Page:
Keep Out

Border control Joe McCarthy would have loved.


What if Congress resurrected one of the most ill-conceived laws of the McCarthy era and nobody noticed? In 1952, the House and Senate passed the McCarran-Walter Act, which created an ideological litmus test for entry to the United States by barring foreigners with disfavored ideas or affiliations. The law denied admission to communists and anarchists, among others. For four decades, it was invoked to keep out hundreds of people, including writers (Carlos Fuentes, Gabriel García Márquez), scholars (Belgian economist Ernst Mandel), politicians (Ireland’s Gerry Adams, Nicaragua’s Tomas Borge), and even a former NATO general (Italy’s Nino Pasti). Congress repealed the McCarran-Walter Act in 1990 with great fanfare about eliminating thought-control at the border.

But an attachment to a bill that supplements funds for Iraq, passed by Congress and now on the president’s desk, would allow the United States once again to keep out and to deport foreign nationals not for their conduct, but for their politics—their ideas, their speech, and the groups with which they associate. Other attachments to the Iraq spending bill have gotten attention, for imposing mandatory standards on the issuance of driver’s licenses and for altering the legal rules for asylum. But the expanded grounds for deportation and exclusion received virtually no discussion.

Where the McCarran-Walter Act’s concern was communists and anarchists, the new law ostensibly focuses on terrorists. By comparison, it makes the Patriot Act look good. That law imposed guilt by association on those who provided material support to a short list of groups specifically designated as terrorist by the secretary of state. This one scraps the designated list for a definition of a terrorist organization so broad that it includes virtually any group that has ever threatened to use violence. Any foreigner can be deported for “endorsing or espousing terrorist activity,” for “persuad[ing] others to … support a terrorist organization,” for being a “member of a terrorist organization,” and for being a “representative” of a “political, social, or other group that endorses or espouses terrorist activity.” Under the Patriot Act, speech and membership in a terrorist group were grounds for preventing foreigners from entering the country, but not for deporting those who already live here and are protected by the First Amendment. The new law is also retroactive, so people can be deported today for things they did or said lawfully years ago. And punishment extends even to spouses and children, who may be expelled simply for having a spouse or parent who advocated a proscribed idea or belonged to a proscribed group.

What does all of this mean? According to the new law, an immigrant whose mother supported the African National Congress’ lawful, nonviolent anti-apartheid work during the 1980s would be deportable today because the ANC fought apartheid with sabotage and other illegal acts of violence as well as with nonviolent protests. So would an immigrant who supported the Northern Alliance in Afghanistan, the Israeli military, the Nicaraguan contras, or the Palestinian Authority, all of which have illegally used or threatened to use weapons against people or property. Your only shot at a winning defense is to show that you had no idea that the group you supported ever engaged in violence. It doesn’t matter if you can prove that you had no connection to the group’s violent actions, or that the U.S. government also supports these groups. Indeed, in the same bill that includes these provisions, Congress allotted $5 million to help the Palestinian Authority with an audit.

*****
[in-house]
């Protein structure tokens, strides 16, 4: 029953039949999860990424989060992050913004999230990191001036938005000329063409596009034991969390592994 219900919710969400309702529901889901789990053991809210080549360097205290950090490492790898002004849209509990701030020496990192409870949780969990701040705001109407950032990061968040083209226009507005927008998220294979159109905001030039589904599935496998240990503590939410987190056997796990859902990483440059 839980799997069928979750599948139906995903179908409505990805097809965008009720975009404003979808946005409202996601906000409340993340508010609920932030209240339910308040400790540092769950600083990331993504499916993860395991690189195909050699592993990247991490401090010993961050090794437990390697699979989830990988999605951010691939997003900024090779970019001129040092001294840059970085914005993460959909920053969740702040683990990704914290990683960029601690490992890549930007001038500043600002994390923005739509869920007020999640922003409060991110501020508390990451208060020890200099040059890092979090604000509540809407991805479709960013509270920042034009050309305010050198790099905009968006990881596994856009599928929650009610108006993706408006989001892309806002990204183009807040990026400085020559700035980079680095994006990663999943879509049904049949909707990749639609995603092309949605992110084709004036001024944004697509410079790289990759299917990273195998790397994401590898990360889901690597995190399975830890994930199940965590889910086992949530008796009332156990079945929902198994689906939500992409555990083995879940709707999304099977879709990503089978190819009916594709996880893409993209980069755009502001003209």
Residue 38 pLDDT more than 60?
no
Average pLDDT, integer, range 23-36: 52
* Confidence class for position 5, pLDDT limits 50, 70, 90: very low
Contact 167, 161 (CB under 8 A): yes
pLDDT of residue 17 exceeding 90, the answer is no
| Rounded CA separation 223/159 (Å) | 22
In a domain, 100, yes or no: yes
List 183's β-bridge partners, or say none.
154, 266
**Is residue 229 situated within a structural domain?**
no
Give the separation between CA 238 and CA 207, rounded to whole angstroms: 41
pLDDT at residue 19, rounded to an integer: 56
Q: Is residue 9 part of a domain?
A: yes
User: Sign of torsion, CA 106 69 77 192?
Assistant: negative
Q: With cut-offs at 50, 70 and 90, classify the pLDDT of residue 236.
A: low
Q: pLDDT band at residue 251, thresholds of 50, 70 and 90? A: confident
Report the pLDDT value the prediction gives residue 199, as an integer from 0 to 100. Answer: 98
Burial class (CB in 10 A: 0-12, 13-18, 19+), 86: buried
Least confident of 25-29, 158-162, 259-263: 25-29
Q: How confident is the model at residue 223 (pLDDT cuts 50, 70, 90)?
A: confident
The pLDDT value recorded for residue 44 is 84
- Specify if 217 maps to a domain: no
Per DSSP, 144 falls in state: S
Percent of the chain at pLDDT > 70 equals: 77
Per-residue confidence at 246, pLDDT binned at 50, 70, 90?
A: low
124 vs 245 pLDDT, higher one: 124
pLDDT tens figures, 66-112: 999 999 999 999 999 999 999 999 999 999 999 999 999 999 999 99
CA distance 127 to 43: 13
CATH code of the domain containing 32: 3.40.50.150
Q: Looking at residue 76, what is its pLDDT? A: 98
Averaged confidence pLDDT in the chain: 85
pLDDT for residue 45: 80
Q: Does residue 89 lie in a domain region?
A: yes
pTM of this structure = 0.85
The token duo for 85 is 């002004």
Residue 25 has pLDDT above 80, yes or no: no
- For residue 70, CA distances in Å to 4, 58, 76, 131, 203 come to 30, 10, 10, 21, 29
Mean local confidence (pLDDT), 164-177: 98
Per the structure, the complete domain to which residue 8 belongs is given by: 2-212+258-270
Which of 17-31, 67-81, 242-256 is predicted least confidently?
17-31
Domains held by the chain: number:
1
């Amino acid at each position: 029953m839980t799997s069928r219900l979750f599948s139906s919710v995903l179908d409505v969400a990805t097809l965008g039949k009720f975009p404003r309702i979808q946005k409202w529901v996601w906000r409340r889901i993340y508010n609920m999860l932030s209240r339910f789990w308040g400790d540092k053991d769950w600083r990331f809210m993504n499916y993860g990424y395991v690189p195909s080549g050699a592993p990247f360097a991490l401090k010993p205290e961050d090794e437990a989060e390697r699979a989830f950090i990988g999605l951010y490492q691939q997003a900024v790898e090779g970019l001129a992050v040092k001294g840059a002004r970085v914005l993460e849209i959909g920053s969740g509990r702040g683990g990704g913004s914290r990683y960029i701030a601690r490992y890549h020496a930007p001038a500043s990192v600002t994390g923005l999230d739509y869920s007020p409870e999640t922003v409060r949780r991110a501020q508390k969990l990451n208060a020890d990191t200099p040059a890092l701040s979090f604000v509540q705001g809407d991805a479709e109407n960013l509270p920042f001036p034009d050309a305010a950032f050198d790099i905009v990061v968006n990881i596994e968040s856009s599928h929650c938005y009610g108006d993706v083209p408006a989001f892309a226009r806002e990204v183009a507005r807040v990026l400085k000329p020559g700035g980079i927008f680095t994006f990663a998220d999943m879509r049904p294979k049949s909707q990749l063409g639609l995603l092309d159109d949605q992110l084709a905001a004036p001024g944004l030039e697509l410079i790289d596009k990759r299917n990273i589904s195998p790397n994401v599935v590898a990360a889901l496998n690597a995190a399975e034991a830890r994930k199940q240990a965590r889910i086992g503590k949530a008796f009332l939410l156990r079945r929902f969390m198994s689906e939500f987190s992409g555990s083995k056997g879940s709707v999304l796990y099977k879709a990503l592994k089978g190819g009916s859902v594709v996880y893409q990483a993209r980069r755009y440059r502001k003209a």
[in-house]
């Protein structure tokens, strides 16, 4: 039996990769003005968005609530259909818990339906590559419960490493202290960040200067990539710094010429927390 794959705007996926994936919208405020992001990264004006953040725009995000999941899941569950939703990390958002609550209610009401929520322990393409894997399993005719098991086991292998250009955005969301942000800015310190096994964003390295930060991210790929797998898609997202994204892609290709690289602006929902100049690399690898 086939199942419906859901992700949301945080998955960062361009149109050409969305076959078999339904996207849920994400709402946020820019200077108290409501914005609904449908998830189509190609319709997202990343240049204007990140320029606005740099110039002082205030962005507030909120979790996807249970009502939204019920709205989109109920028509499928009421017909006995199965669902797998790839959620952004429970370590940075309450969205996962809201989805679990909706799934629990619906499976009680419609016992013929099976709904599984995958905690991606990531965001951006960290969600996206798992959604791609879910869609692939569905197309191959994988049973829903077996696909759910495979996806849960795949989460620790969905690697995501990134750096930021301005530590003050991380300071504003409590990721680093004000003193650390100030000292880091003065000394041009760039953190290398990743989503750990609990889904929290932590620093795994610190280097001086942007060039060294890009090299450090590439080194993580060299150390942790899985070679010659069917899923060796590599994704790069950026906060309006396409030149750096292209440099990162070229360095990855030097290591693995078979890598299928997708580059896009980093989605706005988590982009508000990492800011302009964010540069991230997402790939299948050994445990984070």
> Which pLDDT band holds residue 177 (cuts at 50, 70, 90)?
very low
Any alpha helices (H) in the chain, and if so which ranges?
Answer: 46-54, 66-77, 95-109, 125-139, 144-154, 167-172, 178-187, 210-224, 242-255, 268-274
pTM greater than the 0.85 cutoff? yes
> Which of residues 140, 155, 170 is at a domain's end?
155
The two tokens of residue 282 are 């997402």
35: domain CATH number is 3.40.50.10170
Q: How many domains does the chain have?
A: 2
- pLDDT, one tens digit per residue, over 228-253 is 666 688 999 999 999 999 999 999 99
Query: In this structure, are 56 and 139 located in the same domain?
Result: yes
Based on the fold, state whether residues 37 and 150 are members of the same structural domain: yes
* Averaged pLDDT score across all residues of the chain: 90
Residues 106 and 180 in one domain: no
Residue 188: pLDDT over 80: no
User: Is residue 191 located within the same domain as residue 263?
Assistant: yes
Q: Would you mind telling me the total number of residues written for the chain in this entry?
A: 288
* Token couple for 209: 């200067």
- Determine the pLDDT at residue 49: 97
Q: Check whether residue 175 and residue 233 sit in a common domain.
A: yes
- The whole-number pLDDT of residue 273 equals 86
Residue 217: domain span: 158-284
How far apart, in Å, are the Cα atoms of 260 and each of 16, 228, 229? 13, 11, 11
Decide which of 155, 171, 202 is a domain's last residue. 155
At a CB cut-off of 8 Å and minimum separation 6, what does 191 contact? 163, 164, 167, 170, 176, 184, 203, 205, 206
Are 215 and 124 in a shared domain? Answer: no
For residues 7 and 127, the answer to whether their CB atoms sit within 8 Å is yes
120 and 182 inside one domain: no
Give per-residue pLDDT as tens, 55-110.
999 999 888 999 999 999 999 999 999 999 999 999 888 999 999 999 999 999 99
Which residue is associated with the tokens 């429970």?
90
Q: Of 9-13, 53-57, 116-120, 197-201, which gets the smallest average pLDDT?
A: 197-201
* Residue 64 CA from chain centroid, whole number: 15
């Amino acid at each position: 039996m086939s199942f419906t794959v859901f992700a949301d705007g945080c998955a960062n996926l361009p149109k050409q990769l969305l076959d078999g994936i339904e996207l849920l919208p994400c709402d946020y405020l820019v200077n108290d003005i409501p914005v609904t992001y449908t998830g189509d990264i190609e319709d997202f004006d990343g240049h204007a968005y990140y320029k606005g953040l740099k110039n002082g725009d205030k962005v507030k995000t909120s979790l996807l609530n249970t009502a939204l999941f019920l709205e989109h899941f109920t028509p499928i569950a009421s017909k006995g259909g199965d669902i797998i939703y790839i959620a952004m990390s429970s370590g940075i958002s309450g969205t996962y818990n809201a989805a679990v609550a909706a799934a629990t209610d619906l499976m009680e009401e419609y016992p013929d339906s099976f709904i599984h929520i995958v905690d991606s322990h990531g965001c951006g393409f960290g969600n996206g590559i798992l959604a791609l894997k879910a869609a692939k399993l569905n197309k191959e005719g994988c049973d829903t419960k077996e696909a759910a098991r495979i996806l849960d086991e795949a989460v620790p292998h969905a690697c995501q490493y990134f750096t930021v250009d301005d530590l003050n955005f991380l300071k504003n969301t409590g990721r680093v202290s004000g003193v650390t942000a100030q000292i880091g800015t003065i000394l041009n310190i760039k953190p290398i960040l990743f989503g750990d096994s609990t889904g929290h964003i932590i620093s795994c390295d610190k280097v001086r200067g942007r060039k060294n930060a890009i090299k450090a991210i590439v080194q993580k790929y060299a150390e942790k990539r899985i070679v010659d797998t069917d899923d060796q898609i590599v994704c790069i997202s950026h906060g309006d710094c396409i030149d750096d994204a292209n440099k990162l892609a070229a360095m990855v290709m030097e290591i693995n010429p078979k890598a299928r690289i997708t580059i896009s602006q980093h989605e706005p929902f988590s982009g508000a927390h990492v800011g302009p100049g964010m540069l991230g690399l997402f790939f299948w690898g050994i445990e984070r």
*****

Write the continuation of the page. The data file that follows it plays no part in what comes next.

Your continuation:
Republicans sneaked the immigration language into the final Iraq spending bill in a closed conference. But it did not come out of nowhere. Wisconsin Republican James Sensenbrenner, chair of the judiciary committee, sought to introduce the same provisions as part of the Intelligence Reform Act, prompted last December by the 9/11 Commission Report. But the language was dropped so that the intelligence bill could pass by consensus. Sensenbrenner vowed to reintroduce his immigration language. In the Iraq bill, he found a vehicle that almost no one could vote against. The vote in the Senate was 100 to 0.

But all the blame cannot rest on Sensenbrenner and the Republican conferees. Liberal advocacy groups like the ACLU and the National Immigration Forum didn’t make much noise about the changes to who can be deported and excluded. They chose instead to focus on the new standards for driver’s licenses and asylum. That choice may have made strategic sense. The licensing scheme, with its intimation of a national ID card, potentially affects all of us. And while asylum affects only immigrants, applicants for asylum are more sympathetic than those who are labeled as terrorists.

From the perspective of safeguarding civil liberties, however, the expansion of the grounds for deportation is by far more egregious. Fifteen years ago, when Congress repealed the McCarran-Walter Act, it seemed that our lawmakers had finally learned a history lesson. Each time the law was invoked to bar a writer like Gabriel García Márquez or a politician like Gerry Adams, the person and his ideas got more attention than he had previously enjoyed. And each refusal of entry was widely decried as hypocrisy. Now, however, it appears that all Congress learned from history is that when you want to resurrect censorship at the border, you should do so while no one is looking.